PRESS RELEASE: Thousands of Striking Hotel Workers from 50 Hotels to Take to Streets of Downtown Los Angeles

Los Angeles:  On Wednesday morning, October 25th, thousands of striking hotel workers from 50 hotels gathered and marched through Downtown Los Angeles  to protest poverty wages and the hotels’ exploitation of unhoused refugees to replace striking workers.

The march comes after a fruitless negotiation meeting last week in which a group of hotel employers presented hundreds of SoCal workers with a “new” proposal to resolve the months-long labor dispute.  Enraging workers, the hotels did not meaningfully improve upon their prior position, offering no new money for wages, pension, or health insurance.  Amid soaring housing costs, workers have been demanding wages that will enable them to afford to live in the communities where they work.  Many now commute hours to and from work, with some hotel workers reporting sleeping in their cars.

The march also comes amid a growing scandal involving hotels’ use of unhoused refugees to replace workers during recent strikes.  As the Los Angeles Times reported yesterday, subcontracted workers, many of whom are unhoused refugees staying in shelters on Skid Row, were brought in to replace unionized workers during the strikes.  Some of the workers were sent to California on buses from Texas as part of Texas Governor Abbot’s publicity stunts.  The subcontracted workers have since alleged that they were exploited while workers in the hotels, with some reporting they were deprived of their legally required meal and rest breaks and were paid in hand-written checks with no explanation of their hourly wage or hours worked.  District Attorney George Gascon announced yesterday he would be conducting an investigation.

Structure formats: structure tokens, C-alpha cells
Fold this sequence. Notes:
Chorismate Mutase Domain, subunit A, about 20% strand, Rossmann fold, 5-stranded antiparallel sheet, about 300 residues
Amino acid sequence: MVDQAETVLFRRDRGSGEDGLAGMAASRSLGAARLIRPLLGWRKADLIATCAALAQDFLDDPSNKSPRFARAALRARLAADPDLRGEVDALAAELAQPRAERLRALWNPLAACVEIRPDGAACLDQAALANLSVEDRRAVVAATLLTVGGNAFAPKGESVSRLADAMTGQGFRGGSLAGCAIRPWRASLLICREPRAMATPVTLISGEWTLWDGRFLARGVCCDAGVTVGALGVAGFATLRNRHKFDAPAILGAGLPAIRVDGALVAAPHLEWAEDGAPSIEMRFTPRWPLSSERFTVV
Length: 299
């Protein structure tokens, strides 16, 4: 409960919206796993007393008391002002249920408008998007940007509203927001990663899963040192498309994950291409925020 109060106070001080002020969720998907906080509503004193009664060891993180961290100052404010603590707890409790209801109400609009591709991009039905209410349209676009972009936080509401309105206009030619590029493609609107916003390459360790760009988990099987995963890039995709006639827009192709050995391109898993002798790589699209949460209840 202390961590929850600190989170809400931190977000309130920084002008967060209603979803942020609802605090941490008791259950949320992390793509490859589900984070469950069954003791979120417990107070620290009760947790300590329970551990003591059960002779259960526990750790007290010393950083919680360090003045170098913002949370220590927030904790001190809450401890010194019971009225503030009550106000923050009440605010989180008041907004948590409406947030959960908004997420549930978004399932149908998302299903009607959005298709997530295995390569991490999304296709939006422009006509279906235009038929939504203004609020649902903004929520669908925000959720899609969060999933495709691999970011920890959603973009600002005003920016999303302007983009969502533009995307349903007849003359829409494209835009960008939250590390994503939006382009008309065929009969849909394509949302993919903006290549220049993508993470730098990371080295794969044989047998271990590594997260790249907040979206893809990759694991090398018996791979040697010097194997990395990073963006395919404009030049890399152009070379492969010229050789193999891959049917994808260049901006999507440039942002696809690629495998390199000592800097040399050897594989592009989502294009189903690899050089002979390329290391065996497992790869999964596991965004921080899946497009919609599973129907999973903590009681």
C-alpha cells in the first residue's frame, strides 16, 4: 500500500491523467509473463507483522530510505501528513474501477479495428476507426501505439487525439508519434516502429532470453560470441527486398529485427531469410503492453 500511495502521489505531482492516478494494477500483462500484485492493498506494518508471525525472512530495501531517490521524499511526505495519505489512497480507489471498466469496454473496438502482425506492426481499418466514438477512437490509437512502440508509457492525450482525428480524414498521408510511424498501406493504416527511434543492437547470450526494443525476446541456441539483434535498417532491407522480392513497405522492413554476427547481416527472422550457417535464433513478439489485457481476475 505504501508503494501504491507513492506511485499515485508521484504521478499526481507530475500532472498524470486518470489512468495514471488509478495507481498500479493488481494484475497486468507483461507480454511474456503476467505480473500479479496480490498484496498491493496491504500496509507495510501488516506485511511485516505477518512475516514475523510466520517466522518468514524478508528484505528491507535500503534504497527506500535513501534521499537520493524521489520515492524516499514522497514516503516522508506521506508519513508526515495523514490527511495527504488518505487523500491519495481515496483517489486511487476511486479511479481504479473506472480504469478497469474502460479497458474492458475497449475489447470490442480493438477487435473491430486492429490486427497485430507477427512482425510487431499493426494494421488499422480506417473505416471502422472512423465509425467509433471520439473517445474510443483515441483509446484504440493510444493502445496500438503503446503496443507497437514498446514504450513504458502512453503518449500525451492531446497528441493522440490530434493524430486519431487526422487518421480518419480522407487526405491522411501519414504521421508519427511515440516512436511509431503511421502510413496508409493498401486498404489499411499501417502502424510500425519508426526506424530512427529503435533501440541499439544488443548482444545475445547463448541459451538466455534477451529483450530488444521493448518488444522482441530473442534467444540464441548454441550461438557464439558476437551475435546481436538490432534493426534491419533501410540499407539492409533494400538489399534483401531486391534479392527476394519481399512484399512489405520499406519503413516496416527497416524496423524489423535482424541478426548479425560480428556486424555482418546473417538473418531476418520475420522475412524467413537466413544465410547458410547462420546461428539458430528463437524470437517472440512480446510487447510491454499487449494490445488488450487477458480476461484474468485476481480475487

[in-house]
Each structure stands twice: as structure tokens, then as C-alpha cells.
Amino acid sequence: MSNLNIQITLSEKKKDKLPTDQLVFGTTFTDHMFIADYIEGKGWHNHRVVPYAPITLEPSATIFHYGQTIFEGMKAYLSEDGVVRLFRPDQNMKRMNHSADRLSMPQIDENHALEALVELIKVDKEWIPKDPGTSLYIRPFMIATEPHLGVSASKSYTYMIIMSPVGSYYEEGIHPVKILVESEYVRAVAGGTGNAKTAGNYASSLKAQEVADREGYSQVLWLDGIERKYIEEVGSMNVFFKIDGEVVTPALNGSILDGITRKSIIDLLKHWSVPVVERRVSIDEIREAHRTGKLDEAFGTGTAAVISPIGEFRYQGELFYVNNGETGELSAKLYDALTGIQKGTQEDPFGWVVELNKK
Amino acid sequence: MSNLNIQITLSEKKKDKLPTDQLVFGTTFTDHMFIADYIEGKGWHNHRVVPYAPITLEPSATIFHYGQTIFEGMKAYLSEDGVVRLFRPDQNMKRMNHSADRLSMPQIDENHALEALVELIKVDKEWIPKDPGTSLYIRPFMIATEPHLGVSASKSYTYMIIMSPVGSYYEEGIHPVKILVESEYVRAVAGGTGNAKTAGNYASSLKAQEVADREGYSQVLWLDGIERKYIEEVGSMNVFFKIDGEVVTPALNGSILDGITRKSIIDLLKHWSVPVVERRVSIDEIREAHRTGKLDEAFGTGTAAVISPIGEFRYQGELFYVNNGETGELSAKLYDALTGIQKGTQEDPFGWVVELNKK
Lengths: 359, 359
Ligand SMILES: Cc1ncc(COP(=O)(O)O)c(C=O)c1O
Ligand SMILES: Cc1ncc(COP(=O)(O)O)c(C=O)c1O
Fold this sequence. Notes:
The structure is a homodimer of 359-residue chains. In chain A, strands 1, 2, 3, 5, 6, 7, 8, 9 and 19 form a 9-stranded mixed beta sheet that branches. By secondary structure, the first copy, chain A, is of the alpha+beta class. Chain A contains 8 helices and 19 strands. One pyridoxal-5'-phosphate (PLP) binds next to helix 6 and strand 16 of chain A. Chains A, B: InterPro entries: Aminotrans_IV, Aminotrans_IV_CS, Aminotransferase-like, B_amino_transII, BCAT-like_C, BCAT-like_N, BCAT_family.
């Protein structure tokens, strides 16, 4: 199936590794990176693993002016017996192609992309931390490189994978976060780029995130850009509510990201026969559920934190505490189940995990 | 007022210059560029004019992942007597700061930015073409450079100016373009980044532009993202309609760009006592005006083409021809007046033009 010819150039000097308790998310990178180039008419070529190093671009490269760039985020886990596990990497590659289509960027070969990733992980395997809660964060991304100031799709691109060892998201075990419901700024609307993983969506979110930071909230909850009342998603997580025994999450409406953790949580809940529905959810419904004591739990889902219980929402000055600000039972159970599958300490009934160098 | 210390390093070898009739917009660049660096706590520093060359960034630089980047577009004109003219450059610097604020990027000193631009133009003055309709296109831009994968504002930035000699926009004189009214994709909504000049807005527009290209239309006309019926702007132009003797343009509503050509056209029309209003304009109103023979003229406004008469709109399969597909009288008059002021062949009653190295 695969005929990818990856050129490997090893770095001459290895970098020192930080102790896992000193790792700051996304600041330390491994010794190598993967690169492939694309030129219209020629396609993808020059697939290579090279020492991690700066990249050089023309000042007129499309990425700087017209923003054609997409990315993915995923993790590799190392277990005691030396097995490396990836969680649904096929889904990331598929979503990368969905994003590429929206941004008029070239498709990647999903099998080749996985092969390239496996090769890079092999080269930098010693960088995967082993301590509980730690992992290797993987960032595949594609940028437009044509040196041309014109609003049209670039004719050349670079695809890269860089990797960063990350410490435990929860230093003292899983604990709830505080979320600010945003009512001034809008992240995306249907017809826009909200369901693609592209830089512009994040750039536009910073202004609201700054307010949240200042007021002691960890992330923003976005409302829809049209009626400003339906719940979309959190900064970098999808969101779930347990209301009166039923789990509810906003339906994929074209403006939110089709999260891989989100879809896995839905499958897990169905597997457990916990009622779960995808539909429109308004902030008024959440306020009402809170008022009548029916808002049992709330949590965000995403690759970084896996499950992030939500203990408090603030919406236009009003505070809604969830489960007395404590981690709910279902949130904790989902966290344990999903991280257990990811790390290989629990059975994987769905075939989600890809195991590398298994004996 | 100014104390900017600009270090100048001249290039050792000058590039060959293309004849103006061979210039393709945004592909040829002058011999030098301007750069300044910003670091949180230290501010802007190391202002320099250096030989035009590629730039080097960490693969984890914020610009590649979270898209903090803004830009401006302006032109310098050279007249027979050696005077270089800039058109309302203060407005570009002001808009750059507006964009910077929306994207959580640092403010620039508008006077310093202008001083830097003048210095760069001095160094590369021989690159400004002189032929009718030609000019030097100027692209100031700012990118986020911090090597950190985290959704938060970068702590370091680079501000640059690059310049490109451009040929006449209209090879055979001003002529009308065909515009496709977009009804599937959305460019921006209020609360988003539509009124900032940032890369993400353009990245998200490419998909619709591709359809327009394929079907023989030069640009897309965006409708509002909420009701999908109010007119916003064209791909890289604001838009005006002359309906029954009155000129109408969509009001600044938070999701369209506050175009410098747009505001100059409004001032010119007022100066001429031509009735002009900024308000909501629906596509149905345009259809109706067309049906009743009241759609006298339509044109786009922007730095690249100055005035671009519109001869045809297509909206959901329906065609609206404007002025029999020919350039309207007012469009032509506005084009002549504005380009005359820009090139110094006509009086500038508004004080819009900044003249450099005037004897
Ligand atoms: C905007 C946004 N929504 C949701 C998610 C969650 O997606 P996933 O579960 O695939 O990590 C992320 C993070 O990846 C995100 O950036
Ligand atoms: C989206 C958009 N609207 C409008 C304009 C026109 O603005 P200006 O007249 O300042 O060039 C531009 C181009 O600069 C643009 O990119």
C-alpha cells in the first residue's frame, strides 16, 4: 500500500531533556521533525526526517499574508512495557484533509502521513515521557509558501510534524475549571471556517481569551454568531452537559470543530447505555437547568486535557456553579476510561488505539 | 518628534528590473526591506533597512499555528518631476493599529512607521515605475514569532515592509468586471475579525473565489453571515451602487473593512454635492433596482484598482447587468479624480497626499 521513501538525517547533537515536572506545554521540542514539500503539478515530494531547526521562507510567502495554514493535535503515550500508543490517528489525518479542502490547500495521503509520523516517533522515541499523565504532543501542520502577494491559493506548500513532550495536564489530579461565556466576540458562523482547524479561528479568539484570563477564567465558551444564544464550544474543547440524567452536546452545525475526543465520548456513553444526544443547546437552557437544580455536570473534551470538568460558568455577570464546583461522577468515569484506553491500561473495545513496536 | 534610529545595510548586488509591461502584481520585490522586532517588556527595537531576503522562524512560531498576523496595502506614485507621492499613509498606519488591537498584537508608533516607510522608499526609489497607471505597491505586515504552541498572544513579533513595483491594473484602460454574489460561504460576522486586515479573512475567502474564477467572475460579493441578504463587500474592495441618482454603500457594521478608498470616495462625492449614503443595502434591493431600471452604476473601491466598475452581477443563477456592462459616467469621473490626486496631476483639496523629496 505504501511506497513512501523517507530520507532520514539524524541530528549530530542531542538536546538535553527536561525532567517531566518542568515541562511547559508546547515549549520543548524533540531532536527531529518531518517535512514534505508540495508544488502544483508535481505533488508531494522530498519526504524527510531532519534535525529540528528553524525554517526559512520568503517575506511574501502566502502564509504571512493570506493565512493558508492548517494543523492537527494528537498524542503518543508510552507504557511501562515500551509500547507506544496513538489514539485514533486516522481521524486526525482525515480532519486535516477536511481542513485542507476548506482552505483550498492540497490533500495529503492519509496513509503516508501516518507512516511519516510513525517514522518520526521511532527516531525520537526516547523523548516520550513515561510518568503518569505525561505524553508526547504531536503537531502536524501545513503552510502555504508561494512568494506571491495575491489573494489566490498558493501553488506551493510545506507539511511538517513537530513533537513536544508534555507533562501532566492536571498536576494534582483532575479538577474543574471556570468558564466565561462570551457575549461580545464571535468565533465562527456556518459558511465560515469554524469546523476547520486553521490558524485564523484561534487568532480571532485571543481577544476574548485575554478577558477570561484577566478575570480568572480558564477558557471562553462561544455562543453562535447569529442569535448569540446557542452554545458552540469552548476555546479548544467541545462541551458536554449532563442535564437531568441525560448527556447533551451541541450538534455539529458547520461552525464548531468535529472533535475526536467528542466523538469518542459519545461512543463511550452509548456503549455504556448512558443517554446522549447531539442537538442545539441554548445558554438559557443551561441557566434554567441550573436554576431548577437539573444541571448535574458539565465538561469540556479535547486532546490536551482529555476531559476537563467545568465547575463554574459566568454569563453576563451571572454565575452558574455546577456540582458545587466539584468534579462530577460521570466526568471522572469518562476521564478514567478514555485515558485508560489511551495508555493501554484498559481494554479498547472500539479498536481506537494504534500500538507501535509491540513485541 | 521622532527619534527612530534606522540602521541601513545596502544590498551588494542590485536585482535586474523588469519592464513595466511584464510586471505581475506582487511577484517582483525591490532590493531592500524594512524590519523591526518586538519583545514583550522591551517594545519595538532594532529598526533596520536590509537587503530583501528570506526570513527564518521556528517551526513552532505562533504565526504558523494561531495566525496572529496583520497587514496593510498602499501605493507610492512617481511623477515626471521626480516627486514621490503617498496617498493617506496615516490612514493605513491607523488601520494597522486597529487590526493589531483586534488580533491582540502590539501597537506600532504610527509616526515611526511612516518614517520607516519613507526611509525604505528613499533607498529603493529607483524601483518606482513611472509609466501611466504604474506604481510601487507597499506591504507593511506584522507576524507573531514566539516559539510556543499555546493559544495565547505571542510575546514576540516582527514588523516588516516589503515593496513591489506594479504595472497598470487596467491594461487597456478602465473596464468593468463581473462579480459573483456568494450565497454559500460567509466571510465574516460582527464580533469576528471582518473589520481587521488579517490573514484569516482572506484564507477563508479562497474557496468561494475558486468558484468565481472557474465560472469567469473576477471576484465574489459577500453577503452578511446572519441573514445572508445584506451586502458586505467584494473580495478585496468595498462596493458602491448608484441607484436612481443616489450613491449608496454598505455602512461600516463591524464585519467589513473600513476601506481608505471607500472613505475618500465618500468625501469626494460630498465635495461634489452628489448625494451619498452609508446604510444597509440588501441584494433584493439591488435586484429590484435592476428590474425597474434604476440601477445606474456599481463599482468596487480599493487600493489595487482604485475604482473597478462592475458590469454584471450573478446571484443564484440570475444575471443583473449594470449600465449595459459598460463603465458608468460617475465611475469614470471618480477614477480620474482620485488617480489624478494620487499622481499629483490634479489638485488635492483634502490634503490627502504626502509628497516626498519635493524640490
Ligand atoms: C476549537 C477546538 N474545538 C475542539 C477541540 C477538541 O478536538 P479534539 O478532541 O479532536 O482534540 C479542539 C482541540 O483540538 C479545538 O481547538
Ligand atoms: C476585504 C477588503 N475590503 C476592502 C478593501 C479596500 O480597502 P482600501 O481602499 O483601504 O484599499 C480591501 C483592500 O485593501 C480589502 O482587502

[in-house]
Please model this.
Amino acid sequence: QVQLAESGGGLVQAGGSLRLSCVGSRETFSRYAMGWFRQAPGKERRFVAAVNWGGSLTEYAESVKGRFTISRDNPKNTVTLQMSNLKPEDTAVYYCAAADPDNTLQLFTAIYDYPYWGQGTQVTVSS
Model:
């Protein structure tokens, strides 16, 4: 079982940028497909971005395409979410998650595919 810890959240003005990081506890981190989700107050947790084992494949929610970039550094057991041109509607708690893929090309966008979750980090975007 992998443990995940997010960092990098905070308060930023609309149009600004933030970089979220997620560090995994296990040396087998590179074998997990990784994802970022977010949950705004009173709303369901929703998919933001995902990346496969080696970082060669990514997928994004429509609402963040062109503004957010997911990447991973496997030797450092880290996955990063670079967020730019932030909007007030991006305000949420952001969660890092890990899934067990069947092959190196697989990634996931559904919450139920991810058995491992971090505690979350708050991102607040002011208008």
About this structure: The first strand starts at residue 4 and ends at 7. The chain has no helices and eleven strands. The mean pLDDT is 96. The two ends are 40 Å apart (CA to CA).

While most hotels operated by large chains have remained intransigent in response to workers’ demands for living wages, there have been some breakthroughs.  Most recently, the Loews Hollywood Hotel reached a tentative agreement with its workers, making it the third hotel to do so, following the lead of the Biltmore Los Angeles and Westin Bonaventure.